To get decent firewalls, malware scans, and virus protection, you have to purchase Bluehost’s SiteLock Essential Security or FatCow’s Website Security Bundle, which (surprise) also comes in the form of SiteLock.
How much will these paid upgrades set you back? They cost roughly as much as a discounted basic shared hosting plan.
And you don’t get much in the way of DDoS mitigation with either FatCow or Bluehost. The two web hosts promise to do everything in their power to prevent attacks, and they say if one occurs they will do their best to restore the same level of service. Without proper guarantees, though, these promises are not reassuring.
FatCow Wins Over Bluehost, but It’s a Minor Victory
It’s always difficult to differentiate web hosts that belong to the same company, especially with EIG. You can expect a fair amount of policies and features (or lack thereof, in the case of security) to be the same.
The overall winner of this FatCow vs Bluehost comparison is FatCow, but only by a slight margin. You get better value with FatCow’s shared hosting plan compared to Bluehost’s equivalent offer, and you at least know where your website will be hosted.
I expected more from both hosts, especially from Bluehost, a service that is praised left and right by reviewers. However, it seems that affiliate marketing, rather than qualitative assessment, is the driving force behind most positive reviews.
For a better alternative to both FatCow and Bluehost, check out Hostinger. It offers great features and reliable performance, and is sure to save you a lot of money in the long run.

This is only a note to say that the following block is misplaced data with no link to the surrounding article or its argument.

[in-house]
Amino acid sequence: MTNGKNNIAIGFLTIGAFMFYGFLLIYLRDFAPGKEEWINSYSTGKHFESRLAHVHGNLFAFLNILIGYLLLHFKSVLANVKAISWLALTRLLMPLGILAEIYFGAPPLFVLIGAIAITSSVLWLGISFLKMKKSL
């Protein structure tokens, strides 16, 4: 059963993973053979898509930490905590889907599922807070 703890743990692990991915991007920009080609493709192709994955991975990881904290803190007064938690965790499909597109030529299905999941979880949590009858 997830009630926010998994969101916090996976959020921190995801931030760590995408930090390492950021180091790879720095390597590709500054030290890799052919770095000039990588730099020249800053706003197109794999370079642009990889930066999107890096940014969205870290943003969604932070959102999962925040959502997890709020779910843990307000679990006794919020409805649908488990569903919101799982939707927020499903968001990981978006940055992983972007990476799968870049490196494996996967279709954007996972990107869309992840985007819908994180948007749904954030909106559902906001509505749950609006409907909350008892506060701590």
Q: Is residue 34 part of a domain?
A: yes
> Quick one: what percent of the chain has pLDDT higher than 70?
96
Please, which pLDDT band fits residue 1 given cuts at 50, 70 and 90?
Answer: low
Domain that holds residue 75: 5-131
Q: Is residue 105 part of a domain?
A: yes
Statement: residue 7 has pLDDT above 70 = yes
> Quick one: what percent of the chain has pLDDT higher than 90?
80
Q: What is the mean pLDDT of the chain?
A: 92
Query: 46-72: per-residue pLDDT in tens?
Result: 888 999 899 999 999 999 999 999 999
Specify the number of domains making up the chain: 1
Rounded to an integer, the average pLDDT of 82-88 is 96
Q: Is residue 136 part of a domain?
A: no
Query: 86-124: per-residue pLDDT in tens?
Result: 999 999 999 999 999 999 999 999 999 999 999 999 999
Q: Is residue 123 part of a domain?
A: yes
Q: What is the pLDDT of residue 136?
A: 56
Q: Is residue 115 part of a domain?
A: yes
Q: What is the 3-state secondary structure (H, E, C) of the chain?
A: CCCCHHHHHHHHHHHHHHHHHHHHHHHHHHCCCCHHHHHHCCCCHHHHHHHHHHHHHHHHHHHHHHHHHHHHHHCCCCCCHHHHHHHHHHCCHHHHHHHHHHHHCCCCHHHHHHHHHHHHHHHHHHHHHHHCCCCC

It’s no surprise that FatCow and Bluehost didn’t manage to grab a spot on our list of the best web hosting services.
1. Is Bluehost any good?Not really. Despite the stellar reviews, Bluehost doesn’t stand up well to scrutiny. You get few features, mediocre performance, and very little beyond basic security, which makes Bluehost’s plans a poor value. I suggest you compare Bluehost to some of the best web hosts out there before committing to a purchase.2. Does FatCow offer WordPress hosting?Yes. FatCow has two WordPress plansy, WP Starter and WP Essential. The Essential plan offers better value, but it’s still lackluster compared to what you can get with the best managed WordPress hosting providers. Both of FatCow’s WordPress plans could use upgrades in terms of security tools, infrastructure, and managed services.3. Who owns FatCow and Bluehost?FatCow and Bluehost are owned by the notorious EIG. Both takeovers were kept fairly under the radar, but when many aspects of both web hosts’ services changed, people started to catch on. As a rule, EIG-owned companies have maintained their brand identity after they were bought out. However, most things were transformed on the back end, according to long-standing customers. Due to lower standards, some clients ended up switching to competitors.4. Does Bluehost offer VPS hosting?Although Bluehost does have several VPS solutions, they are expensive, include few features, and constitute an overall poor value. For example, InterServer’s basic VPS offer is three times cheaper than Bluehost’s and has the same RAM and storage resources, as well as an additional 1TB of bandwidth. If I were you, I’d shop around and compare Bluehost with some of the best VPS hosts before committing to a purchase.